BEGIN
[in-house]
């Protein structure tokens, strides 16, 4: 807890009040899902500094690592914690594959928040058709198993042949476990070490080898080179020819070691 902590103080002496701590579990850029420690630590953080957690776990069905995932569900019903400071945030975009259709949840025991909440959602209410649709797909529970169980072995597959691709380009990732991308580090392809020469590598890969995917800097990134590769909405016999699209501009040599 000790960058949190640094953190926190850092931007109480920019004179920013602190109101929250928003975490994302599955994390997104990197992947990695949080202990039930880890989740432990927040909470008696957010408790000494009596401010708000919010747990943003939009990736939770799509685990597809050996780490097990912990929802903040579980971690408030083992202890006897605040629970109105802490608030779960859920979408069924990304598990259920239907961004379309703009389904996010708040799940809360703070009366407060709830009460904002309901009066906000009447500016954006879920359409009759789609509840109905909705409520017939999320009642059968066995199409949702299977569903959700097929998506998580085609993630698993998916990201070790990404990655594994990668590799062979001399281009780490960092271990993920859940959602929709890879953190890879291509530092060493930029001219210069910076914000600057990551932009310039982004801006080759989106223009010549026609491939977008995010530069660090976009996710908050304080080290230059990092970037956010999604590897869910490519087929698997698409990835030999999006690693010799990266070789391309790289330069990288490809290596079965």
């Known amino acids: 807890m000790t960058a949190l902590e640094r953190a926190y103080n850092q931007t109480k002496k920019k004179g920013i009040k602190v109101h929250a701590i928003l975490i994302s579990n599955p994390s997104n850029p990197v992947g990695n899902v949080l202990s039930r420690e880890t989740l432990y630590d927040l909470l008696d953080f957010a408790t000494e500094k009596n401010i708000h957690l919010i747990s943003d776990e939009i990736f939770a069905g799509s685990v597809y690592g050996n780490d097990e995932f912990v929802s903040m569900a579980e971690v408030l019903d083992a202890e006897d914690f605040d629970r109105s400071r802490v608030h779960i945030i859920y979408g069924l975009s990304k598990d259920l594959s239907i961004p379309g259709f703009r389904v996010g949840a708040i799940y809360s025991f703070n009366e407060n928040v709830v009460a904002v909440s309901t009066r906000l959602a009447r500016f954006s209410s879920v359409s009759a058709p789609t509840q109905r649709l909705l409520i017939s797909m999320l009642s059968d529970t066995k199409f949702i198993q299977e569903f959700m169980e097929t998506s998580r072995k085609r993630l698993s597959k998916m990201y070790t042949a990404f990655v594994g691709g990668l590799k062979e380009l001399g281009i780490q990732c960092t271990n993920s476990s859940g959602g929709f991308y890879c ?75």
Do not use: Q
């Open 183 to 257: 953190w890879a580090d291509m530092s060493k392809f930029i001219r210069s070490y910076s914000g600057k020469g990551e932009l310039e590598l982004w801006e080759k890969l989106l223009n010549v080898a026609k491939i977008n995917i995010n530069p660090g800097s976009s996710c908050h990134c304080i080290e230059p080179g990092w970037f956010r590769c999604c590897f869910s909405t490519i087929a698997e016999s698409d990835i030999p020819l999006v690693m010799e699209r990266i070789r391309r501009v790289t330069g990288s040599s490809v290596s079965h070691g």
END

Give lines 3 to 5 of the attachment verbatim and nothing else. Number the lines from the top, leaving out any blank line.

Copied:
């Known amino acids: 807890m000790t960058a949190l902590e640094r953190a926190y103080n850092q931007t109480k002496k920019k004179g920013i009040k602190v109101h929250a701590i928003l975490i994302s579990n599955p994390s997104n850029p990197v992947g990695n899902v949080l202990s039930r420690e880890t989740l432990y630590d927040l909470l008696d953080f957010a408790t000494e500094k009596n401010i708000h957690l919010i747990s943003d776990e939009i990736f939770a069905g799509s685990v597809y690592g050996n780490d097990e995932f912990v929802s903040m569900a579980e971690v408030l019903d083992a202890e006897d914690f605040d629970r109105s400071r802490v608030h779960i945030i859920y979408g069924l975009s990304k598990d259920l594959s239907i961004p379309g259709f703009r389904v996010g949840a708040i799940y809360s025991f703070n009366e407060n928040v709830v009460a904002v909440s309901t009066r906000l959602a009447r500016f954006s209410s879920v359409s009759a058709p789609t509840q109905r649709l909705l409520i017939s797909m999320l009642s059968d529970t066995k199409f949702i198993q299977e569903f959700m169980e097929t998506s998580r072995k085609r993630l698993s597959k998916m990201y070790t042949a990404f990655v594994g691709g990668l590799k062979e380009l001399g281009i780490q990732c960092t271990n993920s476990s859940g959602g929709f991308y890879c ?75």
Do not use: Q
């Open 183 to 257: 953190w890879a580090d291509m530092s060493k392809f930029i001219r210069s070490y910076s914000g600057k020469g990551e932009l310039e590598l982004w801006e080759k890969l989106l223009n010549v080898a026609k491939i977008n995917i995010n530069p660090g800097s976009s996710c908050h990134c304080i080290e230059p080179g990092w970037f956010r590769c999604c590897f869910s909405t490519i087929a698997e016999s698409d990835i030999p020819l999006v690693m010799e699209r990266i070789r391309r501009v790289t330069g990288s040599s490809v290596s079965h070691g």